18. Jones, J. (Reuters) Water checks deficient at Canada Oil Sands: Report, March 10, 2011 http://solveclimate.com/news/20110310/water-checks-deficient-canada-oil-sands-report
19. Health Canada Environmental and Workplace Health, Arsenic, Application of the Guideline. http://www.hc-sc.gc.ca/ewh-semt/pubs/water-eau/arsenic/application-eng.php
The other elders may drive me from the village with brooms and pitchforks when they read my confession. But the truth must out. I am, alas, a sceptic.
I am sceptical, as well as skeptical, that my beloved Earth is going to self-destruct on 31 December 2012. I think it’s more likely the Mayans ran out of wild fig bark on which they were drawing their calendars. I am sceptical that I am by nature diplomatic, charming and easygoing because Jupiter was hanging out with Venus in the Fourth House of the night sky right about the time I came into the world seventy-odd years ago. I am sceptical that the people responsible for the multi-billion dollar homeopathic remedy business have never learned to spell the words p-l-a-c-e-b-o and g-u-l-l-i-b-i-l-i-t-y. And all this scepticism flies in the teeth of the billions of people worldwide who buy into this stuff.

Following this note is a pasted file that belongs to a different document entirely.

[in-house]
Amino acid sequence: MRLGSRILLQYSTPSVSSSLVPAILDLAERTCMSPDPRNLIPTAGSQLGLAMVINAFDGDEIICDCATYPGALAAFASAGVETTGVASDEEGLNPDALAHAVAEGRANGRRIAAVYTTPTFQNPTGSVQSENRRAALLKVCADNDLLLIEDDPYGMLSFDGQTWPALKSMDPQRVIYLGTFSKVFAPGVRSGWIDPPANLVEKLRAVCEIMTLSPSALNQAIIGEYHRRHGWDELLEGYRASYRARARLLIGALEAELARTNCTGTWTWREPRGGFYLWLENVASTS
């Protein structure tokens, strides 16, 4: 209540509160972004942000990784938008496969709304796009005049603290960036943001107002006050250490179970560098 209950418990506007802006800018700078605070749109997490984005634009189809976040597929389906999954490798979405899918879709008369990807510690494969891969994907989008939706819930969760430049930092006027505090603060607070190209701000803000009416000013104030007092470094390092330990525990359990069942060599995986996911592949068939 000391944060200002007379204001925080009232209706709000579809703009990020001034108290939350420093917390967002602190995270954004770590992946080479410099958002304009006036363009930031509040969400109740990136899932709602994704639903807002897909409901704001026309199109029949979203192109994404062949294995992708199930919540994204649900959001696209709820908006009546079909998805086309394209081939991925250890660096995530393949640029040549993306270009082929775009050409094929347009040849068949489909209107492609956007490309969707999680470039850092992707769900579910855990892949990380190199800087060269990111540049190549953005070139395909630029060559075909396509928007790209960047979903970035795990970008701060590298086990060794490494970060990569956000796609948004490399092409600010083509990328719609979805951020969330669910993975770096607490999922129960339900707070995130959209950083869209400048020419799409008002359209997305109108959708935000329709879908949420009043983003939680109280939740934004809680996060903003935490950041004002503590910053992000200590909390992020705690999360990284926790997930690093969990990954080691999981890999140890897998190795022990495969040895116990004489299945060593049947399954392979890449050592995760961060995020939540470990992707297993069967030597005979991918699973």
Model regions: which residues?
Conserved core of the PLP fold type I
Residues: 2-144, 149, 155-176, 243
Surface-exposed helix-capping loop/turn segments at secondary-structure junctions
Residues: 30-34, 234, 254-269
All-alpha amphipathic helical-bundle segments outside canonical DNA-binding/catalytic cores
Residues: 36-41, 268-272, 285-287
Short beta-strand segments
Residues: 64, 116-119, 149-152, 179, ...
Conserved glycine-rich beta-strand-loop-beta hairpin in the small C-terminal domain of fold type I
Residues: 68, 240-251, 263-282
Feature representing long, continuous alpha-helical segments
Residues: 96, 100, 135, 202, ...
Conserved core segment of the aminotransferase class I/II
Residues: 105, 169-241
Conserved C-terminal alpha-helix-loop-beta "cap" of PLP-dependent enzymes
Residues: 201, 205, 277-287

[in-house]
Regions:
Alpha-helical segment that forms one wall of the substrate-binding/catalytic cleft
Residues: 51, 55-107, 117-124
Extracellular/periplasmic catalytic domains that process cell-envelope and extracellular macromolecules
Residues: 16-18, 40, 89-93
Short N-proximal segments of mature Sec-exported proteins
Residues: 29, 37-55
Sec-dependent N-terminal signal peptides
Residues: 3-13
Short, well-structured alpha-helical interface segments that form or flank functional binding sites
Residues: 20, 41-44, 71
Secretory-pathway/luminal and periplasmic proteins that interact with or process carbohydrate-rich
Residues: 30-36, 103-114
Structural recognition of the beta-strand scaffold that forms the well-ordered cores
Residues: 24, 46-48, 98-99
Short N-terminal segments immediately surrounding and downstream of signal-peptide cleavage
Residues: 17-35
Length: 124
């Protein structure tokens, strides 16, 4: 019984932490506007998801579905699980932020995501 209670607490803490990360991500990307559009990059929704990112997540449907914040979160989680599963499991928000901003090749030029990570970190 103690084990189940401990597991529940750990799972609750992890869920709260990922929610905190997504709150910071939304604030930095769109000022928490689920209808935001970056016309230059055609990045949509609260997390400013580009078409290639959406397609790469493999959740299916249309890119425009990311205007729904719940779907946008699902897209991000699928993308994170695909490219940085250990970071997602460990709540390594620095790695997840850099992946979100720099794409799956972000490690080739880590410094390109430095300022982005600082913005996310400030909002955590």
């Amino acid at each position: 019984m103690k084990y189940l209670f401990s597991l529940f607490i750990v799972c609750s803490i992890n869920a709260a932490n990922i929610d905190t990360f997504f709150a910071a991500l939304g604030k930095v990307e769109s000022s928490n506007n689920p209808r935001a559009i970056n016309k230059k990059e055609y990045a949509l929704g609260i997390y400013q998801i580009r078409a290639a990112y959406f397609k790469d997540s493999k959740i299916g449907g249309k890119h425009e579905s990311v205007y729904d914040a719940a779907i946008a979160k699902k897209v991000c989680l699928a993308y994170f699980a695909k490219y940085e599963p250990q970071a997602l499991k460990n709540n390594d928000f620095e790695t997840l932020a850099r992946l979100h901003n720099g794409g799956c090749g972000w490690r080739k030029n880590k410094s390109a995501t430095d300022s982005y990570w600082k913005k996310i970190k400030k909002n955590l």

We sceptics are in good company. Albert Einstein was one. In 1933 he famously stated that black holes do not and cannot exist. He couldn’t see one and couldn’t find the rationale for them in his famous equations. Today his successors have no such problems and not only think they have identified nearly 30 black hole candidates in the Milky Way galaxy but are now getting the proof that the holes behave in the relativistic way that Einstein’s theories predict.